DEAR SIR,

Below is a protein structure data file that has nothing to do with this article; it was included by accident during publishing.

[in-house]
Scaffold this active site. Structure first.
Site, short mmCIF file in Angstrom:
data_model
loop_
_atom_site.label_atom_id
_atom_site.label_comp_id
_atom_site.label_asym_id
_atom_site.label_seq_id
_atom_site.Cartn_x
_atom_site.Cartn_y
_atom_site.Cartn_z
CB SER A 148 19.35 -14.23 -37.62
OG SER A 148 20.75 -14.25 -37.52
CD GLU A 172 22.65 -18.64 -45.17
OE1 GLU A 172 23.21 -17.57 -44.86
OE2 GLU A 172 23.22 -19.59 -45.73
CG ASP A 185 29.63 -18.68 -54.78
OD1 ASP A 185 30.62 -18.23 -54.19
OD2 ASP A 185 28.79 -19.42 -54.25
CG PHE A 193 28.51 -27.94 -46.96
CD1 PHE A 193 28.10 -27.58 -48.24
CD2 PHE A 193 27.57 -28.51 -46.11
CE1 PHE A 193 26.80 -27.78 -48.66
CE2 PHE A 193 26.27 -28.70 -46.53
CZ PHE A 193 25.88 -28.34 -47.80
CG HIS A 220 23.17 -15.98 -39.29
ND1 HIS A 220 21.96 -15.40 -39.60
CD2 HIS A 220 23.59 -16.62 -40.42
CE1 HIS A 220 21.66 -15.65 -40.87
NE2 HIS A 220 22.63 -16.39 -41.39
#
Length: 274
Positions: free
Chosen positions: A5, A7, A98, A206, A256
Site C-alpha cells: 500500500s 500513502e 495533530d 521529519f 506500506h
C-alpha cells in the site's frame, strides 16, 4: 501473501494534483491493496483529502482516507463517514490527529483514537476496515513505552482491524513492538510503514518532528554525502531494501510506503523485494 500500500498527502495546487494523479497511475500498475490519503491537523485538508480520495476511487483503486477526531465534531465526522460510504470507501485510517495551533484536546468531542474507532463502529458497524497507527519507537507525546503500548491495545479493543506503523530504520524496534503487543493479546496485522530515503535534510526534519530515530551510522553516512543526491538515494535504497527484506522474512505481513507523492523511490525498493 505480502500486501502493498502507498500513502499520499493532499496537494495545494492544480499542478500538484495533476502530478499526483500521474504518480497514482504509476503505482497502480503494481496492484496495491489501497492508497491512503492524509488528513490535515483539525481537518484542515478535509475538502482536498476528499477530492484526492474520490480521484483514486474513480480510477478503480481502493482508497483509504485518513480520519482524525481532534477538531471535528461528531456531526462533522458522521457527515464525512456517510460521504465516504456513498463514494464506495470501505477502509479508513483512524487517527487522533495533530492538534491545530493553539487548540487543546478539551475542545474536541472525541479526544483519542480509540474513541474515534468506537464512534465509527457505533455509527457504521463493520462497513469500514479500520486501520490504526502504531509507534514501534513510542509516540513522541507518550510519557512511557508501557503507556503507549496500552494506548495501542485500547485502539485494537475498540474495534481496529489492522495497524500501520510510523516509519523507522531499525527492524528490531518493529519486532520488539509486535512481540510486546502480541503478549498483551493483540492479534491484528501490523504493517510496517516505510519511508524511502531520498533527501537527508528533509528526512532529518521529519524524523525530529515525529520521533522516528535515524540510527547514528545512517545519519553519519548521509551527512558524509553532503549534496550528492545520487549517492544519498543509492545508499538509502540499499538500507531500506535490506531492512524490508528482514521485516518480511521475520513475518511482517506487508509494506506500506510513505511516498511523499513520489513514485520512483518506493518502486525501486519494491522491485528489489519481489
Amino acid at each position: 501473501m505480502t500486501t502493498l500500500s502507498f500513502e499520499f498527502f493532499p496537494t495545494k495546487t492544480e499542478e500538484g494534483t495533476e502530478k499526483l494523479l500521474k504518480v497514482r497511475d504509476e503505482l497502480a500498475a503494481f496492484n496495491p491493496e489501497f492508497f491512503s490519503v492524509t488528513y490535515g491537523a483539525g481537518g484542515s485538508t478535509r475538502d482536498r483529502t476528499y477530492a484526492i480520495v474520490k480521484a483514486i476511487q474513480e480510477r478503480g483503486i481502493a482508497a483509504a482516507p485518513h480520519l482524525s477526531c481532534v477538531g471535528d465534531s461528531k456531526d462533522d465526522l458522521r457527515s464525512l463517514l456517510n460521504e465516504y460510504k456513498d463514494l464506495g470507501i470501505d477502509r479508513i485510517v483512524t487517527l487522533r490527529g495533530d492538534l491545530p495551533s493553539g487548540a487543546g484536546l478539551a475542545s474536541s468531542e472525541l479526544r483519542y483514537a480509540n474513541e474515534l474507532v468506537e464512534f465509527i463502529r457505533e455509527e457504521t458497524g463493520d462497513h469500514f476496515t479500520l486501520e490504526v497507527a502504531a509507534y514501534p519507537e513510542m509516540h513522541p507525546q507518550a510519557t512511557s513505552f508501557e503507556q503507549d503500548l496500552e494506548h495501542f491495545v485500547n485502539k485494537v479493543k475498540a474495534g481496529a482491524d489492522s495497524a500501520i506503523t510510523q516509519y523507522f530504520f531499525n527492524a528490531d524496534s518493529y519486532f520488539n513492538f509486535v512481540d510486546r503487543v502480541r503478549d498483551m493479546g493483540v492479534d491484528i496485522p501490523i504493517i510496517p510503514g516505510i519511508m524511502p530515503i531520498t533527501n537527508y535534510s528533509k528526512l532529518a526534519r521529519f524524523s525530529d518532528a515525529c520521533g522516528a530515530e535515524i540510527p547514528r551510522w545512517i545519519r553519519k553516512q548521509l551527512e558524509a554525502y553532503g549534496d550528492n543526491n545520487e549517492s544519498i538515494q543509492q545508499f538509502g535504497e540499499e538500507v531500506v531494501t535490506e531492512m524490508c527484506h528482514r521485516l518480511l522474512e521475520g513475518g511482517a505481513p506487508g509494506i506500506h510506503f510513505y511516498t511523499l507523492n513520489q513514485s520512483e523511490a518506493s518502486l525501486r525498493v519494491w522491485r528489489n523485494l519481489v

I, as well as the rest of the world, acknowledge your riches, and know your princely spirit; but all will not do, for, as I told you before, I am already overpaid for that shabby performance; and if you have a mind to make me happier than all the presents London can afford, you must do it by never thinking yourself at all in my debt.  I wished many years for the happiness of Mr. Garrick’s acquaintance, and pray, dear Sir, let me now enjoy it quietly; for sincerely and truly, I shall not be easy if [309] you give way to any of your romantic whimsies: besides, d—n it, I thought you knew me too well, you who can read hearts and faces both at a view, and that at first sight too.  Come, if you will not plague me any more upon this frightful subject, I will tell you a story about first sight.  You must know, Sir, whilst I lived at Ipswich, there was a benefit concert in which a new song was to be introduced, and I being steward, went to the honest cabinet-maker who was our singer instead of a better, and asked him if he could sing at sight, for that I had a new song with all the parts wrote out.  “Yes, Sir,” said he, “I can.”  Upon which I ordered Mr. Giardini of Ipswich to begin the symphony, and gave my signal for the attention of the company; but behold, a dead silence followed the symphony instead of the song; upon which I jumped up to the fellow: “D—n you, why don’t you sing? did not you tell me you could sing at sight?  “Yes, please your honour, I did say I could sing at sight, but not first sight.”